Or maybe that sequence with Godzilla fleeing would be a break to a third act, you spend the third act making shit get insanely bad, you just start picking off the main human characters left and right, all hope is lost, everyone is about to die, and then Godzilla shows up for the massive showdown at the end with some other monster as backup, like Mothra or something, and you just have a massive four or five monster brawl. I dunno.
So this just kinda pooped out of my head. I'll post it as-is without even trying to clean it up or I'll second-guess everything and just delete it, like I do with most of my writing
I think more about overall structure in big movies like this. You have to give the characters a goal, you have to set up ways for them to get tripped up in seeking out those goals, you have to give the antagonists goals and make those goals conflict with the goals of the main characters, etc. It's hard to do that when the protagonists are little puny humans and the antagonists are giant 300 ft monsters. So you have to have dual plots going on that affect each other. There's a military side to my pitch that would conflict with the goals of not only the antagonist monster but also Godzilla. Then there's the human civilian's goal of survival that gets tripped up by other humans. Maybe some of the main characters will have their own goal that conflict with each other and creates confrontation.
Most big movies don't do this, and it really bothers me a lot. You have to give clear goals. Even if the goals are stupid and they eventually fail, you have to gave that goal there for them to have that down note of failure. Otherwise you end up with 90% of big movies plots where the protagonists spend the whole movies going "what do we do!?" and being entirely reactionary to what the antagonist is doing. All of the Transformers flicks do this. When the protagonists figure out their goal and start trying to accomplish it, that's when the first act breaks to the second act for me. The second act is all about confrontation and clashing of goals between the protagonists and antagonists. Can't do that if both sides don't have a goal.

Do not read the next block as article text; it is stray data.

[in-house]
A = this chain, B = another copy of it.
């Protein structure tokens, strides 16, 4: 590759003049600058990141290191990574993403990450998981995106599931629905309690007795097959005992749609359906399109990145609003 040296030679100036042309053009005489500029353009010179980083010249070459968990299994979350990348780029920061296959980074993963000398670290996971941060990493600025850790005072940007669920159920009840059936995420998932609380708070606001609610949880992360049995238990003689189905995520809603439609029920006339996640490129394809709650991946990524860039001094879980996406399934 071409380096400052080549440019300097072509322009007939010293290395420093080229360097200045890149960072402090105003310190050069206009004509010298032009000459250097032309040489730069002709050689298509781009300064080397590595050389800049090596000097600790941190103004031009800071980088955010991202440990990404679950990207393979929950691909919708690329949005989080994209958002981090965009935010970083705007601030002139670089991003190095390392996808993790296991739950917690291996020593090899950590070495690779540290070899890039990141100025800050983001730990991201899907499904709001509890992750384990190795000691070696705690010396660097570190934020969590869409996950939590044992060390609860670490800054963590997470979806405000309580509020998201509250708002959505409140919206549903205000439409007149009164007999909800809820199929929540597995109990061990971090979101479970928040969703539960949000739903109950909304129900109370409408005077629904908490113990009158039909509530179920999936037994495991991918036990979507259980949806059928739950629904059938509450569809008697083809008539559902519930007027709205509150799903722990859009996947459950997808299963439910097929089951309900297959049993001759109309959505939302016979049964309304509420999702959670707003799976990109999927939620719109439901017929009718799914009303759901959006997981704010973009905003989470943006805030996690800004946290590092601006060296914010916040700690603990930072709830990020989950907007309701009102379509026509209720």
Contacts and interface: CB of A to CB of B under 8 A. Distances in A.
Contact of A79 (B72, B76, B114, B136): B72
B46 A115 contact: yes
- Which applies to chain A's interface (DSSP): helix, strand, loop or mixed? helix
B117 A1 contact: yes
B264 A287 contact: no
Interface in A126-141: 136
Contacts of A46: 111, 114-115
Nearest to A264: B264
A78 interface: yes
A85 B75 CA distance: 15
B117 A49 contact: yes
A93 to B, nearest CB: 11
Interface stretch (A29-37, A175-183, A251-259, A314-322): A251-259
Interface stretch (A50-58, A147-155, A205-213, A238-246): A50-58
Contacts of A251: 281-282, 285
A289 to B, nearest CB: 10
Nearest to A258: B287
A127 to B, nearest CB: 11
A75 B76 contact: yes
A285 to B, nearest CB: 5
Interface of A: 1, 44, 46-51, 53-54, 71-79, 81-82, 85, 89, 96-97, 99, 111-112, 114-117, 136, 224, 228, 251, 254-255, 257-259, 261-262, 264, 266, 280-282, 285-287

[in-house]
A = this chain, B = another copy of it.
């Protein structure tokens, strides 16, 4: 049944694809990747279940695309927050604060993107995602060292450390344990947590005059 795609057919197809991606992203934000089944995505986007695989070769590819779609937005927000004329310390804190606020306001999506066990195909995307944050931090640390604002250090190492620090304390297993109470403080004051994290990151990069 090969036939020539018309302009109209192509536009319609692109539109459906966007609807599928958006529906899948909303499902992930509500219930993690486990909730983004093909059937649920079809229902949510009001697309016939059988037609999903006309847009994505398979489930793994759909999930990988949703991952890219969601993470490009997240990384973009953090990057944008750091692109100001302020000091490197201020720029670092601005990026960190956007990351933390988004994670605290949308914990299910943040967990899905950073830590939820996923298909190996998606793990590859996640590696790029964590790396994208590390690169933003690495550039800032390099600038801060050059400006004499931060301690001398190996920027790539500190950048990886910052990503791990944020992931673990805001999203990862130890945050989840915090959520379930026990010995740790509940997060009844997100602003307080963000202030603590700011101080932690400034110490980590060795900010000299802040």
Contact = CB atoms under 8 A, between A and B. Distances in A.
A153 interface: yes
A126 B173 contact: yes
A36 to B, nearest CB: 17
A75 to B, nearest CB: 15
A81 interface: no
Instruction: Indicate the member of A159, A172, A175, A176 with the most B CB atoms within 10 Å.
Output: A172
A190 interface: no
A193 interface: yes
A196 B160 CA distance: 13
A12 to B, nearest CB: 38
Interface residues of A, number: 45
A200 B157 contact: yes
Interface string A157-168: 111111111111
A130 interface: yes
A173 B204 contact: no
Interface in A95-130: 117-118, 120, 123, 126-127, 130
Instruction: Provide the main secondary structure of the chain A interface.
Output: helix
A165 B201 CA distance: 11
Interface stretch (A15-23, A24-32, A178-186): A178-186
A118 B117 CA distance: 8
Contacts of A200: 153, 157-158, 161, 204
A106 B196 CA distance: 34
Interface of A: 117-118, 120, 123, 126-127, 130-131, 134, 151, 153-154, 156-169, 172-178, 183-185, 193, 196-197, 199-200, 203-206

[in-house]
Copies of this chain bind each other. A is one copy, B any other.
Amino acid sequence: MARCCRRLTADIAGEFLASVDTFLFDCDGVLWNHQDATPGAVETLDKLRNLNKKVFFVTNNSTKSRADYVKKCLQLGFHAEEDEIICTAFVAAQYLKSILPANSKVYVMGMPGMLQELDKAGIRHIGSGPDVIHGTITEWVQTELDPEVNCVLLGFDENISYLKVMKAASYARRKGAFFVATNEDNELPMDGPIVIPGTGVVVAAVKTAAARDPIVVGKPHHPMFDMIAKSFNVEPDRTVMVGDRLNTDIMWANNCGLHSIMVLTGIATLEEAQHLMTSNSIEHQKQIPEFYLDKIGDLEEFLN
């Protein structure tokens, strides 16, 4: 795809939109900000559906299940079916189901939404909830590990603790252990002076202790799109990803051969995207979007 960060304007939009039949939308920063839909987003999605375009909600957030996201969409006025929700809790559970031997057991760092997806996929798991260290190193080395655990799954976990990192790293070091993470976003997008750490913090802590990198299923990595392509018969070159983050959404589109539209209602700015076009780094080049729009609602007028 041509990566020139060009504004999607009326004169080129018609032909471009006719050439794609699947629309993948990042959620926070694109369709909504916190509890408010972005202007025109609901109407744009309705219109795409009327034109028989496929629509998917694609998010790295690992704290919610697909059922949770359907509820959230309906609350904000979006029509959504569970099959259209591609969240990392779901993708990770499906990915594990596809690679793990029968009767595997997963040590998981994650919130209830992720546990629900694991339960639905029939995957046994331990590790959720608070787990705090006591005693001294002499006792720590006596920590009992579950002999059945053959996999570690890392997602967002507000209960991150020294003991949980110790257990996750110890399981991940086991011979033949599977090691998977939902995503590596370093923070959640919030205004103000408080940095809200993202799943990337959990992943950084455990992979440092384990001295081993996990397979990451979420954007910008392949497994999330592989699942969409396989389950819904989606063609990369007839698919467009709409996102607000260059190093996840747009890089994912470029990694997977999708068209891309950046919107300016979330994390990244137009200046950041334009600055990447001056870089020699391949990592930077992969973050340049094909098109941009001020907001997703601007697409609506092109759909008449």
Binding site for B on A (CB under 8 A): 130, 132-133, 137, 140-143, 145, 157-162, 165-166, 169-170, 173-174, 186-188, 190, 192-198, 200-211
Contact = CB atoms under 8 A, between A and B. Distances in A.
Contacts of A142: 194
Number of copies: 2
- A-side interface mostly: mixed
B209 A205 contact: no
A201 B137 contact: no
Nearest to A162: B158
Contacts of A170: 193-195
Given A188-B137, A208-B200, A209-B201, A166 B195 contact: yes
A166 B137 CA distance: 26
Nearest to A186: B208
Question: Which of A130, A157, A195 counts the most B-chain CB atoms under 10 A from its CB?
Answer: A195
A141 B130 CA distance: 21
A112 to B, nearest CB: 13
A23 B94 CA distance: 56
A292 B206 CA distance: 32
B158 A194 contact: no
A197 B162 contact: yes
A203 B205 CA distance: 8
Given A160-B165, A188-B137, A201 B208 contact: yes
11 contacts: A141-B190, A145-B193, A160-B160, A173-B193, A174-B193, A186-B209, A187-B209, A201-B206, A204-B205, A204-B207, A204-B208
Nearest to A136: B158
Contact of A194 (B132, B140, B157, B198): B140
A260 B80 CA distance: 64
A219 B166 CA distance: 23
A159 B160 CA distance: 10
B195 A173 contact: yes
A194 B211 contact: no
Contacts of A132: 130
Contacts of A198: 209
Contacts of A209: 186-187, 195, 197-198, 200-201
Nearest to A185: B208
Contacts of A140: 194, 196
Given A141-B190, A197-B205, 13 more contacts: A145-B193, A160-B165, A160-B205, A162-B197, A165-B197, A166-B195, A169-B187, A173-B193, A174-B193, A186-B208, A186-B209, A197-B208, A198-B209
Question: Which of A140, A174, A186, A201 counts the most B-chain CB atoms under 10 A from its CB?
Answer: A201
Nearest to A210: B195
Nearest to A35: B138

The Transformers films have first acts that last for fucking 45 minutes because no one knows what the fuck to do and they spend most of that time running away from shit. Cloverfield, on the other hand, is a big fucking monster movie where the protagonists figure out what they want to do and start doing it immediately after the initial attack. The goal can change, but they always have a goal. The problem with that movie, tho, is that the antagonist is a complete mystery and doesn't really seem to want anything. It's just a force of nature, which makes it a disaster movie. I don't find that to be as interesting because the antagonist can't really be doing things on purpose to achieve it's goal. It just does stuff and the protagonists have to react.
That's why I think you'd want to have dual plotlines in a Godzilla movie where you can give the protagonists a clear goal and have more direct confrontation with all of the other survivors or with each other. Then the monsters can have their clearly defined antagonist / protagonist roles that will play out more or less by the book, with humans only making things worse for themselves by interfering. Again, they have a goal, but they screw the fuck up and make things ten times worse by trying to accomplish their goal. Everyone is pro-active.
Last edited by Squiggly_P (2014-05-17 19:35:28)